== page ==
Parshas Vayigash

This weeks Parsha is Parshas Vayigash. In this Parsha we read of the dramatic revelation of Joseph to his brothers. When this Viceroy of Egypt tells the brothers that he was in fact their brother Joseph, who they had sold to slavery so many years earlier, they refused to believe him. When they finally did accept his words, they had a tearful reunion. In particular the Torah describes the reunion of Joseph with his brother Benjamin. “And he (Joseph) fell on the necks (i.e. both sides of the neck) of Benjamin and cried upon them, and Benjamin cried on his (Joseph’s) neck.” (Genesis 45:14) Why is it that when Joseph fell on Benjamin the plural – necks – is used, while when Benjamin fell upon Joseph the singular – neck – is used? Our Sages teach us that Joseph was crying for the two Temples that would be built in the future in the land belonging to the tribe of Benjamin and would be destroyed. Benjamin was crying for the Tabernacle (which there was only one) that eventually rested in Shiloh, in the Land of Joseph, and was destroyed there.

This episode requires explanation: Was this the time to be crying for the destruction of Temples that would occur hundreds and thousands of years later? If for some reason this was the thing to think about now, why was each one mourning the destruction of the other person?

Rav Yechezkel of Kuzmir offered the following explanation: When the brothers were reunited after such a painful separation of so many years, they clearly saw how devastating the effects of baseless hatred between brothers can be. In their divine spirit they saw how in the future this same sin would bring about destruction of Temples among their own children. This brought them to tears.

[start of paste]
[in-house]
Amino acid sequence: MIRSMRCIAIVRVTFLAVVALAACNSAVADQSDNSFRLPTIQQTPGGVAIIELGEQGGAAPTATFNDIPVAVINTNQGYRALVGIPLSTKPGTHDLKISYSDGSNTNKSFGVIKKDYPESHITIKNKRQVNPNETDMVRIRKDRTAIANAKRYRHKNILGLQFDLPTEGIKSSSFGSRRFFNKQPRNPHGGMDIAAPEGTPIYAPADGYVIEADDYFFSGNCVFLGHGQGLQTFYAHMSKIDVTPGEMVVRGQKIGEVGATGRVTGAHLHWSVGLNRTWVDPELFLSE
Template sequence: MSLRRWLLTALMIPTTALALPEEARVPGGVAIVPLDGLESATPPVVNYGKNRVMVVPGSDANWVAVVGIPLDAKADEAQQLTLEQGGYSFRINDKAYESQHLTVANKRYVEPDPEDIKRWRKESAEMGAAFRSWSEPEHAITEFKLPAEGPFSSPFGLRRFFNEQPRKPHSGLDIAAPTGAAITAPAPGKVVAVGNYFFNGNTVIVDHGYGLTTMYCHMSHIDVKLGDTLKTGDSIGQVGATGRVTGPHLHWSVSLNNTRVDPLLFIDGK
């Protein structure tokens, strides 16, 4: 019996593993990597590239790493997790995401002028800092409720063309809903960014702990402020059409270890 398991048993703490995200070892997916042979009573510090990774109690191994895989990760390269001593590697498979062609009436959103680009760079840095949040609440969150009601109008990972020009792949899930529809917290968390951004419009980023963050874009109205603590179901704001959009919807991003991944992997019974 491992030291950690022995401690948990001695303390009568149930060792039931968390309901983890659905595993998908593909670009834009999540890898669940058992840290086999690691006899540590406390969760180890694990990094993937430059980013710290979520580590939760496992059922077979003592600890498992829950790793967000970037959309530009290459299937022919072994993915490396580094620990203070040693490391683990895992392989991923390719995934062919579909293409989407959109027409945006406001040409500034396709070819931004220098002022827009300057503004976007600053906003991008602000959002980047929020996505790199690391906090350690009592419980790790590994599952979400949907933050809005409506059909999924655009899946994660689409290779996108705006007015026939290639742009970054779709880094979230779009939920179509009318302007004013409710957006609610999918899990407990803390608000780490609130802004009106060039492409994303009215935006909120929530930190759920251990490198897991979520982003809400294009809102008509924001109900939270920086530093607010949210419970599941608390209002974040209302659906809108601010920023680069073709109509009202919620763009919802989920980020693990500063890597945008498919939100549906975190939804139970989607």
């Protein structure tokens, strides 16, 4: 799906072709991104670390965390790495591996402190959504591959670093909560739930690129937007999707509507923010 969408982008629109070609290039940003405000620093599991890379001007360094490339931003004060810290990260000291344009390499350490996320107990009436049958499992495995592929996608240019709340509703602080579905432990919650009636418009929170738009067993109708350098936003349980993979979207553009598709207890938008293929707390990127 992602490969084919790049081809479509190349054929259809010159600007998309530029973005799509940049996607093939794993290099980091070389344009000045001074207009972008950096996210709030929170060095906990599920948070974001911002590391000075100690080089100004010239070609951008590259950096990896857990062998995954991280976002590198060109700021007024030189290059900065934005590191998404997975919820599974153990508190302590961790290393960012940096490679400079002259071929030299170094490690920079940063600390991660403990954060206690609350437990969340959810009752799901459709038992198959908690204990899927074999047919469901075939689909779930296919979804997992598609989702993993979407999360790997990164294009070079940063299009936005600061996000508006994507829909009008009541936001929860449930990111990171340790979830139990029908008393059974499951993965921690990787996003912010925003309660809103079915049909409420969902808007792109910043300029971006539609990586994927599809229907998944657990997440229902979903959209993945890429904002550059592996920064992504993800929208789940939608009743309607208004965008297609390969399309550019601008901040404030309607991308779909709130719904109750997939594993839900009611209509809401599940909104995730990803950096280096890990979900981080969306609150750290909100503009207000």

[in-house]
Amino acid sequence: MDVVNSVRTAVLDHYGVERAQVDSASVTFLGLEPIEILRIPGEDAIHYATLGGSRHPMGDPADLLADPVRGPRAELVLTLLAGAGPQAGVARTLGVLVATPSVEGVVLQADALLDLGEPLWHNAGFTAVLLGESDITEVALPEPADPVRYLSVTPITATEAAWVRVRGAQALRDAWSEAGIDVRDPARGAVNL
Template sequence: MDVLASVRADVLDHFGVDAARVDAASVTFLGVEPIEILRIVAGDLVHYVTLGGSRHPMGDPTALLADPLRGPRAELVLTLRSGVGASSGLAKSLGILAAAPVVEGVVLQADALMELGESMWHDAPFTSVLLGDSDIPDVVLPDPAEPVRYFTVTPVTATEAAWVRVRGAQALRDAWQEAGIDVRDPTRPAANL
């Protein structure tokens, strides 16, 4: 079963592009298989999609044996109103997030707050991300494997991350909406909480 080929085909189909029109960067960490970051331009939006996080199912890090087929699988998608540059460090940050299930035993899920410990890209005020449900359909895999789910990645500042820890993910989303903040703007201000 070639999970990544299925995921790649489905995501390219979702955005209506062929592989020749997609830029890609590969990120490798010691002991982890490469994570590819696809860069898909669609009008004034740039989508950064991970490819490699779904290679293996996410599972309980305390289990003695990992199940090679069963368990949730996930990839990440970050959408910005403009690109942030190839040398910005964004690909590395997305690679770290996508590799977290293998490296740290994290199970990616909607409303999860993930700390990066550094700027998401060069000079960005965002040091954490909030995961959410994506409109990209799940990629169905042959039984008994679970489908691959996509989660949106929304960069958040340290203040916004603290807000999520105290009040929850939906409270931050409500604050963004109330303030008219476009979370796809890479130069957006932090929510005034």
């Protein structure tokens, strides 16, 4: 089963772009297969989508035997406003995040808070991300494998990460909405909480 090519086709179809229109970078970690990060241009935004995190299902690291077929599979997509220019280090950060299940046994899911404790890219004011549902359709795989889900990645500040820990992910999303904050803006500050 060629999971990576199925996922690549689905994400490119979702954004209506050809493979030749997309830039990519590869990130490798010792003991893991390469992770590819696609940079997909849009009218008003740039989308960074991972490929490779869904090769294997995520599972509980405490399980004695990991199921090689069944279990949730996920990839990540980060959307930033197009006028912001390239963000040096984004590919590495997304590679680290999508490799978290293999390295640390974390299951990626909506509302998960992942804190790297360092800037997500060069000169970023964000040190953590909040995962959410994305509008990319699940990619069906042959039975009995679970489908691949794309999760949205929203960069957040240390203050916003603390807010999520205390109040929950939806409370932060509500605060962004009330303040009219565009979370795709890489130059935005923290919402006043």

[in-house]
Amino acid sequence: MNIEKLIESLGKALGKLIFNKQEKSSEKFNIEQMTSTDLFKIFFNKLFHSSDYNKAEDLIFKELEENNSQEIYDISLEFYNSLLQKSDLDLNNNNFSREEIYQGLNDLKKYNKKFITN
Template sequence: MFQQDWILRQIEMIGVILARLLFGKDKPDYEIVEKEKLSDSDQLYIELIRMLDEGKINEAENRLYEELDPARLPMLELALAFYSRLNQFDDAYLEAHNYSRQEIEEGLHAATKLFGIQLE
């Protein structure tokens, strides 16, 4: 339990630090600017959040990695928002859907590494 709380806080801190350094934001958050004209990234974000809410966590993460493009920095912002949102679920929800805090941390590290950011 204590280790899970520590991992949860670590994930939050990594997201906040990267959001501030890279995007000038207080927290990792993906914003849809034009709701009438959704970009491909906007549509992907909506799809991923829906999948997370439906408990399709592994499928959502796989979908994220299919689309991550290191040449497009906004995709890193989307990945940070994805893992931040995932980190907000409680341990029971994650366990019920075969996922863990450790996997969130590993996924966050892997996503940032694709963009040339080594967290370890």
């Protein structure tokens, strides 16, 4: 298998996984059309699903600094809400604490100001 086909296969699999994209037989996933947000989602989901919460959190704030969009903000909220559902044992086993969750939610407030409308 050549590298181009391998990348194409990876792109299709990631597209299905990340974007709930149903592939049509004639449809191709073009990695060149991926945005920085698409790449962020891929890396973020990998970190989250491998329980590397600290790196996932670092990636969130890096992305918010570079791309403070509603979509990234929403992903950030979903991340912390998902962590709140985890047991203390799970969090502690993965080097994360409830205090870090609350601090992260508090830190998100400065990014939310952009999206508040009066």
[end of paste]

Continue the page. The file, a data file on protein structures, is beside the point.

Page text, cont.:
How can this sin be rectified? How can it be prevented? Through baseless love. When people are thinking about the troubles of other people as much as their own, when they feel the joy of another person as much as the joy of their own, that is truly rectifying this sin.

When Joseph and Benjamin fell on each others shoulders they taught all future generations of Jews that baseless hatred among Jews is the cause of our mourning, while baseless love between Jews is the ultimate cause of joy to our people.

In a similar vein is explained the famous statement that our Sages make “Whoever brings joy to a bride and a groom, is considered as if he had built one of the desolate ruins of Jerusalem.” What is the connection between gladdening the bride and groom and rebuilding Jerusalem? A bride and groom are happy already, even without someone trying to bring them joy. The one who is bringing them joy has no personal reason to being happy. To bring them joy is truly baseless love, to just increase the joy of others for no personal reason. This is the merit that will rebuild Jerusalem that was destroyed for baseless hatred.

May we soon see the fulfillment of this rebuilding in our days!!!!!!!!!!!!!